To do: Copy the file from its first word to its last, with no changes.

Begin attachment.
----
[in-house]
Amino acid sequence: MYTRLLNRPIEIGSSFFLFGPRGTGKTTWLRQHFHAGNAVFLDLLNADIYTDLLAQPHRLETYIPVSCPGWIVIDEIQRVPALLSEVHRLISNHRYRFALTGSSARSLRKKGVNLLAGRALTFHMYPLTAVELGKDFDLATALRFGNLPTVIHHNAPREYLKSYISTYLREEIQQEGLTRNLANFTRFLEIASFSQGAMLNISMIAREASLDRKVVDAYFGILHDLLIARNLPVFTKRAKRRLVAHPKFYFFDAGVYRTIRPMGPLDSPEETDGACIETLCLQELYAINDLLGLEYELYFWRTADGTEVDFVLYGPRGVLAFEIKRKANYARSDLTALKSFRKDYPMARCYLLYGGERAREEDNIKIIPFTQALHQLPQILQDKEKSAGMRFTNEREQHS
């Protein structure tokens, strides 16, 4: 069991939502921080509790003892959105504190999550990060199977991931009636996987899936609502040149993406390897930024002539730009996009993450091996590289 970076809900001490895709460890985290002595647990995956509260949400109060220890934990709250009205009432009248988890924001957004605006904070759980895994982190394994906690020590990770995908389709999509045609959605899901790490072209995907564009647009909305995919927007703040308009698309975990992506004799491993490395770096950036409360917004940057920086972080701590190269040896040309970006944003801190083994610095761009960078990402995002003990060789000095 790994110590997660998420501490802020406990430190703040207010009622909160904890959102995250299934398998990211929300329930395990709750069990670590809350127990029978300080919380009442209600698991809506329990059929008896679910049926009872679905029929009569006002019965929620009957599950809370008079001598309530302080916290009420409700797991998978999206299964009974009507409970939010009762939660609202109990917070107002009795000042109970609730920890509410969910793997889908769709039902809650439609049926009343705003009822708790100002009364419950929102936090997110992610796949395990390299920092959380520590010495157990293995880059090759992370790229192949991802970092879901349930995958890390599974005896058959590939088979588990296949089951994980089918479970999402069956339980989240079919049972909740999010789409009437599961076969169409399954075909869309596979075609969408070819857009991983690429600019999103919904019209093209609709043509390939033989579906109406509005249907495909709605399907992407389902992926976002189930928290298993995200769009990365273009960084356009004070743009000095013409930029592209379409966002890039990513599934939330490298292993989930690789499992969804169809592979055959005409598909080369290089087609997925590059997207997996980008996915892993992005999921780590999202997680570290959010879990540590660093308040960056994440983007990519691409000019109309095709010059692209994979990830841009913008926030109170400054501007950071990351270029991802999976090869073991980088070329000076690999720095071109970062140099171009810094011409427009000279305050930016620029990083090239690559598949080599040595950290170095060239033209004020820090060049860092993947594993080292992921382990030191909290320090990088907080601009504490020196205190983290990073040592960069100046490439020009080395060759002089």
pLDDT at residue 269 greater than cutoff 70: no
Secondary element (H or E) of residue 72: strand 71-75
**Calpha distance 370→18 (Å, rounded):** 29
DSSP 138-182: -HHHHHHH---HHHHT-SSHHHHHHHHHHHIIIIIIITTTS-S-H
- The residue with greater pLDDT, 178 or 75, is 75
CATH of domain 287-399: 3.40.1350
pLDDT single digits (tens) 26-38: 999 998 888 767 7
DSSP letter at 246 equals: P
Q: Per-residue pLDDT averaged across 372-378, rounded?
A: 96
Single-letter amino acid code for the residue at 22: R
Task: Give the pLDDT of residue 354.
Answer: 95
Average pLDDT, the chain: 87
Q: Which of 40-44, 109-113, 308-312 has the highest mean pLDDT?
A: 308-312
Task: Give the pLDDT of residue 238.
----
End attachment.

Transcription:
[in-house]
Amino acid sequence: MYTRLLNRPIEIGSSFFLFGPRGTGKTTWLRQHFHAGNAVFLDLLNADIYTDLLAQPHRLETYIPVSCPGWIVIDEIQRVPALLSEVHRLISNHRYRFALTGSSARSLRKKGVNLLAGRALTFHMYPLTAVELGKDFDLATALRFGNLPTVIHHNAPREYLKSYISTYLREEIQQEGLTRNLANFTRFLEIASFSQGAMLNISMIAREASLDRKVVDAYFGILHDLLIARNLPVFTKRAKRRLVAHPKFYFFDAGVYRTIRPMGPLDSPEETDGACIETLCLQELYAINDLLGLEYELYFWRTADGTEVDFVLYGPRGVLAFEIKRKANYARSDLTALKSFRKDYPMARCYLLYGGERAREEDNIKIIPFTQALHQLPQILQDKEKSAGMRFTNEREQHS
């Protein structure tokens, strides 16, 4: 069991939502921080509790003892959105504190999550990060199977991931009636996987899936609502040149993406390897930024002539730009996009993450091996590289 970076809900001490895709460890985290002595647990995956509260949400109060220890934990709250009205009432009248988890924001957004605006904070759980895994982190394994906690020590990770995908389709999509045609959605899901790490072209995907564009647009909305995919927007703040308009698309975990992506004799491993490395770096950036409360917004940057920086972080701590190269040896040309970006944003801190083994610095761009960078990402995002003990060789000095 790994110590997660998420501490802020406990430190703040207010009622909160904890959102995250299934398998990211929300329930395990709750069990670590809350127990029978300080919380009442209600698991809506329990059929008896679910049926009872679905029929009569006002019965929620009957599950809370008079001598309530302080916290009420409700797991998978999206299964009974009507409970939010009762939660609202109990917070107002009795000042109970609730920890509410969910793997889908769709039902809650439609049926009343705003009822708790100002009364419950929102936090997110992610796949395990390299920092959380520590010495157990293995880059090759992370790229192949991802970092879901349930995958890390599974005896058959590939088979588990296949089951994980089918479970999402069956339980989240079919049972909740999010789409009437599961076969169409399954075909869309596979075609969408070819857009991983690429600019999103919904019209093209609709043509390939033989579906109406509005249907495909709605399907992407389902992926976002189930928290298993995200769009990365273009960084356009004070743009000095013409930029592209379409966002890039990513599934939330490298292993989930690789499992969804169809592979055959005409598909080369290089087609997925590059997207997996980008996915892993992005999921780590999202997680570290959010879990540590660093308040960056994440983007990519691409000019109309095709010059692209994979990830841009913008926030109170400054501007950071990351270029991802999976090869073991980088070329000076690999720095071109970062140099171009810094011409427009000279305050930016620029990083090239690559598949080599040595950290170095060239033209004020820090060049860092993947594993080292992921382990030191909290320090990088907080601009504490020196205190983290990073040592960069100046490439020009080395060759002089």
pLDDT at residue 269 greater than cutoff 70: no
Secondary element (H or E) of residue 72: strand 71-75
**Calpha distance 370→18 (Å, rounded):** 29
DSSP 138-182: -HHHHHHH---HHHHT-SSHHHHHHHHHHHIIIIIIITTTS-S-H
- The residue with greater pLDDT, 178 or 75, is 75
CATH of domain 287-399: 3.40.1350
pLDDT single digits (tens) 26-38: 999 998 888 767 7
DSSP letter at 246 equals: P
Q: Per-residue pLDDT averaged across 372-378, rounded?
A: 96
Single-letter amino acid code for the residue at 22: R
Task: Give the pLDDT of residue 354.
Answer: 95
Average pLDDT, the chain: 87
Q: Which of 40-44, 109-113, 308-312 has the highest mean pLDDT?
A: 308-312
Task: Give the pLDDT of residue 238.